Springing forward one hour for daylight saving time can leave many Connecticut residents feeling groggy in the morning. Researchers at the University of Colorado Boulder have found what kind of impact this can have on car crash rates. Specifically, the first week after DST sees a 6% rise in fatal crashes nationwide, coming out to some 28 additional deaths every year. The risk for a deadly crash increases the farther west one lives in a time zone.
Researchers analyzed over 730,000 fatal crashes that occurred from 1996 to 2017. One discovery that supported their conclusion was that in 2007, when DST was pushed forward from April to March, the annual rise in fatal crashes moved along with it.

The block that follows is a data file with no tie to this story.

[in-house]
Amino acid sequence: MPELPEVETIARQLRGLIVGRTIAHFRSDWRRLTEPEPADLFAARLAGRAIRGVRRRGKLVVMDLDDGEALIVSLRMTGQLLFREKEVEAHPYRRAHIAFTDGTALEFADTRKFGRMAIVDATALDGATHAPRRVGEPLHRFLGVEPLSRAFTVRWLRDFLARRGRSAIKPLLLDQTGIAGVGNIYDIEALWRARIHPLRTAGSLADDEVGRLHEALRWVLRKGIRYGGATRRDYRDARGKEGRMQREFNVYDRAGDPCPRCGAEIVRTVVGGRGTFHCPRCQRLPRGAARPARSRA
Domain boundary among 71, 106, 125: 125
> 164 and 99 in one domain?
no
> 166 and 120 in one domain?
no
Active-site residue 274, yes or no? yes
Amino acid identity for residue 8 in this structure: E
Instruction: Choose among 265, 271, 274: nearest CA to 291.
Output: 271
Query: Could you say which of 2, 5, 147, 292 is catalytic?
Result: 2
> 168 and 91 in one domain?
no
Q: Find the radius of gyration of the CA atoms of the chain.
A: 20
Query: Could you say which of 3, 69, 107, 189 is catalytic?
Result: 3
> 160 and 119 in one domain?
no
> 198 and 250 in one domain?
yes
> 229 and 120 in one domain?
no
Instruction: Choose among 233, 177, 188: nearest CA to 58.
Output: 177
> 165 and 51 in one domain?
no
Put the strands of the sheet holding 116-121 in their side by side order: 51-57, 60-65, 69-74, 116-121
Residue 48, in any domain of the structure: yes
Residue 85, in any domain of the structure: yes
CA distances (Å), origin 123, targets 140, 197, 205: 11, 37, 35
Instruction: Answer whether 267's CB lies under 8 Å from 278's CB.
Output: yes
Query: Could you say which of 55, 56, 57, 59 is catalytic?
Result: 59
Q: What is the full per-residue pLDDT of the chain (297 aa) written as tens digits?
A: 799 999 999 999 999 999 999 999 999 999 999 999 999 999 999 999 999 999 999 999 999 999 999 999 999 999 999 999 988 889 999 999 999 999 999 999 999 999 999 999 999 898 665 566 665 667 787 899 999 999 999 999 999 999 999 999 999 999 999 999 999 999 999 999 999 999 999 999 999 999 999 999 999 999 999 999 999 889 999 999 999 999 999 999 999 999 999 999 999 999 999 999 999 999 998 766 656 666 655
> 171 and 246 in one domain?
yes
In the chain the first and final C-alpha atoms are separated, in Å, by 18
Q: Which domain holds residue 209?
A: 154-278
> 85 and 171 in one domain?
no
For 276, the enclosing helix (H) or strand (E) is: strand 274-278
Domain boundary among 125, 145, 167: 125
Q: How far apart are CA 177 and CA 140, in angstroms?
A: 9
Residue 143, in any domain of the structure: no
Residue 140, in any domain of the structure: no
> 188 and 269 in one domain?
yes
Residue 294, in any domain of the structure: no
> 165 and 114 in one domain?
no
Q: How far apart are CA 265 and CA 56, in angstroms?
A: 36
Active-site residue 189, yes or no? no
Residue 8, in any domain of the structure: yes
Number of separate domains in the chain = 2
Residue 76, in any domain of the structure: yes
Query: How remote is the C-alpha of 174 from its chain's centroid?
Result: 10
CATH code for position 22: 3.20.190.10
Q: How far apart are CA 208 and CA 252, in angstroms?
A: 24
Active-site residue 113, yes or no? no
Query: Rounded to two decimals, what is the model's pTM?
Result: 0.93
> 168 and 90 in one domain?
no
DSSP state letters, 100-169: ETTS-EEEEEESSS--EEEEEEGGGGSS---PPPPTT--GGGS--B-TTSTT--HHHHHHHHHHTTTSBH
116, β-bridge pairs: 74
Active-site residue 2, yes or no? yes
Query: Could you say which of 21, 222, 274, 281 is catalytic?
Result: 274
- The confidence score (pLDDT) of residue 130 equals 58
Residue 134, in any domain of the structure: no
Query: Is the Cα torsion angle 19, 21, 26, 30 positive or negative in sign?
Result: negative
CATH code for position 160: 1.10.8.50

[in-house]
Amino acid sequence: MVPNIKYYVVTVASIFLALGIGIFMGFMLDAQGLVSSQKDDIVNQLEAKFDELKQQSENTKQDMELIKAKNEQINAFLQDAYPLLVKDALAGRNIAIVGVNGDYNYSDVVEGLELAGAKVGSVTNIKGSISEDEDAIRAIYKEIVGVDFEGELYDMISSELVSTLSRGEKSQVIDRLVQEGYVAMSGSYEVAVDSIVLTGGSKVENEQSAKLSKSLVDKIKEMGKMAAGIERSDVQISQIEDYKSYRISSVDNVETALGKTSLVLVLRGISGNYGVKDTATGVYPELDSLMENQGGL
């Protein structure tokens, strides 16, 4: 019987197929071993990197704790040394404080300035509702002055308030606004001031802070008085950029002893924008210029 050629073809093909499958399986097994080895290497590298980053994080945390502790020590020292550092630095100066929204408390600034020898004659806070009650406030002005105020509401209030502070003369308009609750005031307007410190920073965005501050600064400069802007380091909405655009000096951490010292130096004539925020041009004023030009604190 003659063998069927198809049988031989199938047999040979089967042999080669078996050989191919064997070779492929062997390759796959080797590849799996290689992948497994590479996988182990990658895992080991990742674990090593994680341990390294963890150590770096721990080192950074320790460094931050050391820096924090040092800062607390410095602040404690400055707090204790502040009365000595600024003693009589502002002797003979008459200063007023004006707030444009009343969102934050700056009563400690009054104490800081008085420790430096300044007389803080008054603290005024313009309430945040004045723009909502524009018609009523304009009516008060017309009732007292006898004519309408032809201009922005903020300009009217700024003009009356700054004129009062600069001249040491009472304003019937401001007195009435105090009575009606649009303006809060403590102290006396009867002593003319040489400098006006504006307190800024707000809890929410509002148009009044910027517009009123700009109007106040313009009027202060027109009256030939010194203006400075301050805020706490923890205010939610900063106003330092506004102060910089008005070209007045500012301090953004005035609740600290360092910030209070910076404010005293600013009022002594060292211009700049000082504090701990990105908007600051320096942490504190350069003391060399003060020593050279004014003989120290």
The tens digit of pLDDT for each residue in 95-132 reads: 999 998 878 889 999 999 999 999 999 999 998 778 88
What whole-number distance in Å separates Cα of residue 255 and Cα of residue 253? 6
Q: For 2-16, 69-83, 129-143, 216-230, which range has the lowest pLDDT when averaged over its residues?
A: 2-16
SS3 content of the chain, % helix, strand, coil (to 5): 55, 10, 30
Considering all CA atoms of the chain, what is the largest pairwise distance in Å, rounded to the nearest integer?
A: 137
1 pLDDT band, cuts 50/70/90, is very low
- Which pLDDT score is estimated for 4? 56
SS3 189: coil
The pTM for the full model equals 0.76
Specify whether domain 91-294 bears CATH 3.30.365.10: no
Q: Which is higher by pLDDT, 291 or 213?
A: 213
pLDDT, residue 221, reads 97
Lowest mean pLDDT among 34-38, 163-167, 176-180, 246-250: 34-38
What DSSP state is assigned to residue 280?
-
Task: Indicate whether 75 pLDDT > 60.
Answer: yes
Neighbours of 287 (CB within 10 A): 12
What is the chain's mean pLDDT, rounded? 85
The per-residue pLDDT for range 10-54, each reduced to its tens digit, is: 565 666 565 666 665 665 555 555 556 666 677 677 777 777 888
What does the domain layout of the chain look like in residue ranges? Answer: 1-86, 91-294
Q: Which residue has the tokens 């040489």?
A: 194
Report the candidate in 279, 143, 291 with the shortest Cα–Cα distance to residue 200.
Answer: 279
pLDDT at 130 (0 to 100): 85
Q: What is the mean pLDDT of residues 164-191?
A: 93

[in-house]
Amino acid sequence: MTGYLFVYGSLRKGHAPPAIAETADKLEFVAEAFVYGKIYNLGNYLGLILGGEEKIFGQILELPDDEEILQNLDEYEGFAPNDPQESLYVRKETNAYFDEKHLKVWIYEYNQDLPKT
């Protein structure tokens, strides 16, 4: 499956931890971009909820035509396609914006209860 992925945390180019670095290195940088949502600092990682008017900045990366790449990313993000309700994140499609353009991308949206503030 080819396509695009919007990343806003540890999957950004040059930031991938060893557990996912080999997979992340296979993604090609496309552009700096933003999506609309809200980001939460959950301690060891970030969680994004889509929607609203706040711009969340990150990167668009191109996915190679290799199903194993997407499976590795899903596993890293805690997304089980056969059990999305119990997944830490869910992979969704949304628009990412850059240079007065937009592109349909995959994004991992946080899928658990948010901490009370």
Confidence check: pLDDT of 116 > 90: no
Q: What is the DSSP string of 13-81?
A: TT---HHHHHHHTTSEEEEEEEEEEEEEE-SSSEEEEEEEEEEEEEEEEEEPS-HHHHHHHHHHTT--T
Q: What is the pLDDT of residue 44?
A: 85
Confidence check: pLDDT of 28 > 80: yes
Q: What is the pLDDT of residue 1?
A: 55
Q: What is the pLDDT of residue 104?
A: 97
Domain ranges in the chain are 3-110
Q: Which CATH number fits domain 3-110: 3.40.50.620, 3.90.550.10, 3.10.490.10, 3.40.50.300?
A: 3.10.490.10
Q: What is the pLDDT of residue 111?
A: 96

The westernmost regions of each time zone experience the worst effects because the sun tends to rise and set later there. As for the “fall back” that occurs in autumn, this also raises the rate of crashes but mostly in the evening.
The results of this study correspond with other studies that have posited a link between DST and heart problems and workplace injuries in the first week after the switch. Some states, such as California, Oregon and Washington, are considering abolishing DST altogether, but there is the question of whether each state sticks to permanent standard time or permanent DST.
The study can be said to underestimate the effect of DST since it focuses only on fatal car collisions. Drowsy driving can cause crashes that lead to injury, in which case victims may pursue a claim against the guilty driver’s auto insurance company. Connecticut is an at-fault state, so there are no restrictions on who can file third-party insurance claims. Plaintiffs must be found 51% or less at fault to qualify for damages.